This is a good way to pick up a few quick clients because they are already actively looking for someone like you.
The best places I’ve found to look for these types of jobs are Contena, Problogger and even Craigslist.
Contena is my favorite because they let you know up front if the gig pays well or not. You can search the site several different ways or just look at the latest posts every few days.
They are a paid site, which means you have to pay a monthly fee to see the jobs on the site, but it’s not much and just one job every few months from here would more than pay for the service for a whole year.
The ProBlogger job board is good too, and it’s free. These jobs aren’t as scrutinized as the ones on Contena, so you’ll have to make sure it’s a good fit with decent pay. They do try to make sure no scams are posted, so that’s reassuring.
Craigslist is very hit or miss, but if you can search all of Craigslist for your specific niche, you may come up with a few gigs every once in a while. Definitely don’t try to make this your only way of finding work, because it won’t work.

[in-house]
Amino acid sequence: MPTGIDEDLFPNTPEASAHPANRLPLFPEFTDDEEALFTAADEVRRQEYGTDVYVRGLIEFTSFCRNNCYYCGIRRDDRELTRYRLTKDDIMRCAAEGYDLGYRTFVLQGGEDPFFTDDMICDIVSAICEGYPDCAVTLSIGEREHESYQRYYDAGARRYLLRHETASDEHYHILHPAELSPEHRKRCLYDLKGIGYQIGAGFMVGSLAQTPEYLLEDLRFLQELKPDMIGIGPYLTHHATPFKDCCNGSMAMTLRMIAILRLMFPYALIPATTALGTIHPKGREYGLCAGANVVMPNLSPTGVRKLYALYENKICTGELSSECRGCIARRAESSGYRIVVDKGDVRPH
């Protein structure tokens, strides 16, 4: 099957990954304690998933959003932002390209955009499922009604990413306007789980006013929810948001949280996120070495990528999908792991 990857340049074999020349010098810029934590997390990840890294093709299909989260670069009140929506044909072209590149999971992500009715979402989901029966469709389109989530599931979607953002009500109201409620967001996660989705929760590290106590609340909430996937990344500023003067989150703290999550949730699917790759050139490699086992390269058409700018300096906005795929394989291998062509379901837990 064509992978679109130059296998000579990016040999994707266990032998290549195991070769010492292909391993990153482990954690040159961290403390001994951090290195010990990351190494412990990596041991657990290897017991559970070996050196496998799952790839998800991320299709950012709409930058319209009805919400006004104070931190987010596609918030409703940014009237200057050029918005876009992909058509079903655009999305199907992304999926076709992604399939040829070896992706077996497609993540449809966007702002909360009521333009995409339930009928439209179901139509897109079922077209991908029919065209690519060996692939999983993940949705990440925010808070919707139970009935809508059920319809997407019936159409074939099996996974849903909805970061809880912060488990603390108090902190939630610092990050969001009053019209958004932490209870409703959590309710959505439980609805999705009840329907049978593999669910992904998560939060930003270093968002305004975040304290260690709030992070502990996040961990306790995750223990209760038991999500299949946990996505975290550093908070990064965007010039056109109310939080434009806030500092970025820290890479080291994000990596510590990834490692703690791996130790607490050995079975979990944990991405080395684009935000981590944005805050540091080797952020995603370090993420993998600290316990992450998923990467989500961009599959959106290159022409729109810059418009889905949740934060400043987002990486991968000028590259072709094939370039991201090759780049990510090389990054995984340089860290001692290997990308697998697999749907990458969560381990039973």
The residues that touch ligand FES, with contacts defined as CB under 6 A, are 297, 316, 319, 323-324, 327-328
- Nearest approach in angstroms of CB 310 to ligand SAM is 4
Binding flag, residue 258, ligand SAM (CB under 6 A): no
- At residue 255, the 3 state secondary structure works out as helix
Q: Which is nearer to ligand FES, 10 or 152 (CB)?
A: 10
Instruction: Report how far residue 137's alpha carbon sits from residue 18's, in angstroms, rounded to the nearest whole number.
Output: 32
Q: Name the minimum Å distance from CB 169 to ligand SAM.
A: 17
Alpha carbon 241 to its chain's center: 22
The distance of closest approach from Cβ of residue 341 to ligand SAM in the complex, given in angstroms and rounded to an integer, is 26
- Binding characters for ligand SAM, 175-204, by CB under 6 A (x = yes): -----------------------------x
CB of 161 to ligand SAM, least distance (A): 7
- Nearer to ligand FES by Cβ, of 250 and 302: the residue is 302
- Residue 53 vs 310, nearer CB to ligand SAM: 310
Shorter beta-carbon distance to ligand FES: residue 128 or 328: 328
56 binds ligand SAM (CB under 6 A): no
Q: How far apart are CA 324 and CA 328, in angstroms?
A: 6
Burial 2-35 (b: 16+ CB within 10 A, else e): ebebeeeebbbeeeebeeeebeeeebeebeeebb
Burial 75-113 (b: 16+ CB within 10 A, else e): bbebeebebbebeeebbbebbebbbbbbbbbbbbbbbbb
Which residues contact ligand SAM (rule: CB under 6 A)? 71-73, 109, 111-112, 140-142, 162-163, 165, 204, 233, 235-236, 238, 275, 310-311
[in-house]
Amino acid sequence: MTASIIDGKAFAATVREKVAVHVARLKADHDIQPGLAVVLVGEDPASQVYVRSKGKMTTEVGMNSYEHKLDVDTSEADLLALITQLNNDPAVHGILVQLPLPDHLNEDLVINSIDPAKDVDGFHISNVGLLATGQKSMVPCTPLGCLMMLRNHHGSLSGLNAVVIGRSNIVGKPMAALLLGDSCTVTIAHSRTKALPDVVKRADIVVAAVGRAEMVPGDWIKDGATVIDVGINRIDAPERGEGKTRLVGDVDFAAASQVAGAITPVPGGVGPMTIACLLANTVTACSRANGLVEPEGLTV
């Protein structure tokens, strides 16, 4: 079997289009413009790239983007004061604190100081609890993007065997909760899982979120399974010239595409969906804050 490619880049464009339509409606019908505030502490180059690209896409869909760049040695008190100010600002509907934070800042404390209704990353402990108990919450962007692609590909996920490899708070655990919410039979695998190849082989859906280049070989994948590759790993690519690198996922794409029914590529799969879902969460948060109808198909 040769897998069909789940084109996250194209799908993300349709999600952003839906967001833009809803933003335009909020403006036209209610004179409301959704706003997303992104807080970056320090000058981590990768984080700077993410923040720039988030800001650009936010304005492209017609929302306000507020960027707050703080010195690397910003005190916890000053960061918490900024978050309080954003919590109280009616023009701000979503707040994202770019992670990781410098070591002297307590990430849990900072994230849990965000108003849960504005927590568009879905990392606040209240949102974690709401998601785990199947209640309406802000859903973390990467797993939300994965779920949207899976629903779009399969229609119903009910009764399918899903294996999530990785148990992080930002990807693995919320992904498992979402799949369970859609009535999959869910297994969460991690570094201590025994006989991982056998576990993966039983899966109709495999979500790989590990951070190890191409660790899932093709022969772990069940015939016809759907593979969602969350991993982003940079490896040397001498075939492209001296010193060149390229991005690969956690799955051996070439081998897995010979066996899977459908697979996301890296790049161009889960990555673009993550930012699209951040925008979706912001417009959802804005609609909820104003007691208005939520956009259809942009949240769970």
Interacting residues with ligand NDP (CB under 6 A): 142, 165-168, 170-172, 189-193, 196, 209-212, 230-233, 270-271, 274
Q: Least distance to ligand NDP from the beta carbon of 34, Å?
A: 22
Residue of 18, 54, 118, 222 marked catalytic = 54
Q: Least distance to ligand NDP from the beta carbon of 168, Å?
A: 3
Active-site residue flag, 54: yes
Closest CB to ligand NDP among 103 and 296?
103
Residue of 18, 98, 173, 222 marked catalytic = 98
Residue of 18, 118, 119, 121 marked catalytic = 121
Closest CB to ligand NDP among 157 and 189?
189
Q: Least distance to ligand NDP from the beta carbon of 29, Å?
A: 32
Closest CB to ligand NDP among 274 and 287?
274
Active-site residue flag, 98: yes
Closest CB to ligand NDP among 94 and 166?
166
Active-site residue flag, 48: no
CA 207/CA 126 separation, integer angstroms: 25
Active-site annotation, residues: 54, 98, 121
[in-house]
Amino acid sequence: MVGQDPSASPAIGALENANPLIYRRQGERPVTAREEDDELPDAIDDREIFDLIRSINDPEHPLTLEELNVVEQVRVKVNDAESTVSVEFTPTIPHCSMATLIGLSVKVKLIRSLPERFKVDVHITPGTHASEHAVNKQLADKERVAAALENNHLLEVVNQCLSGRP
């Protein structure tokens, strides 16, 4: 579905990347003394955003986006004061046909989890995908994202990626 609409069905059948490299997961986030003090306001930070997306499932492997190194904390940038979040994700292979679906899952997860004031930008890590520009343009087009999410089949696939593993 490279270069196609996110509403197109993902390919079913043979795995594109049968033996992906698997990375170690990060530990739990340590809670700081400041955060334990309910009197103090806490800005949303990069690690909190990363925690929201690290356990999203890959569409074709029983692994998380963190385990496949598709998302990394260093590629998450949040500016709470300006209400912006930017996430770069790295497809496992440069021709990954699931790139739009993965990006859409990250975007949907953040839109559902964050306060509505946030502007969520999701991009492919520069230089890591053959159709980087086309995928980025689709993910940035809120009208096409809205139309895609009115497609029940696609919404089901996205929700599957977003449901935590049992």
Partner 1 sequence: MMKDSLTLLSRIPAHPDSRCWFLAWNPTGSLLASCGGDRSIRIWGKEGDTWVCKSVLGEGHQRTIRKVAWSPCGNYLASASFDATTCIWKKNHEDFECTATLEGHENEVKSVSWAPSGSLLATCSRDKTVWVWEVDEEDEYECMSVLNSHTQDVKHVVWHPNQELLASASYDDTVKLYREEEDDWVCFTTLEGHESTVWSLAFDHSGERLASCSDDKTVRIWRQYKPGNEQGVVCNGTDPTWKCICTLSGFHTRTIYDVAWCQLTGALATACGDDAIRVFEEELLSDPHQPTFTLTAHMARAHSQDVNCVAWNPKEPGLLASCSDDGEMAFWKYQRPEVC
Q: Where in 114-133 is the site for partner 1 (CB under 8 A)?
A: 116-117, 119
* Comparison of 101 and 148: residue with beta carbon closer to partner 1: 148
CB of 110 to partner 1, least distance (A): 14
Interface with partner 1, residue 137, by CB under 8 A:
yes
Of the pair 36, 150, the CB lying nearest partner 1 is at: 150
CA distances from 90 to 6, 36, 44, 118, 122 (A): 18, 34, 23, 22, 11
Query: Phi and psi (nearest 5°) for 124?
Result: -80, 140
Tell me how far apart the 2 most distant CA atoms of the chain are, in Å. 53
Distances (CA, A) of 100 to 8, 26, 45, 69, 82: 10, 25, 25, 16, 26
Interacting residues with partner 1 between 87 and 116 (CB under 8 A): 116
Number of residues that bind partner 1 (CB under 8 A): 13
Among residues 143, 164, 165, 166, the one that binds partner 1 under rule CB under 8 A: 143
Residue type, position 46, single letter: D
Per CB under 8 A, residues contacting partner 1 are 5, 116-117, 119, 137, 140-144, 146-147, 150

I only look here once every few months, but when I do, I use a keyword phrase like “automotive copywriter”, “automotive content writer”, or something along those lines.
Just doing a search for a blog writer or copywriter will have you wading through junk for days.
Not worth your time.
So there you go. A few ways to continuously find work and fill your pipeline with prospects. Just keep at it even when you have plenty of work. Set aside a few minutes each day or a few hours each week to look for work for the future.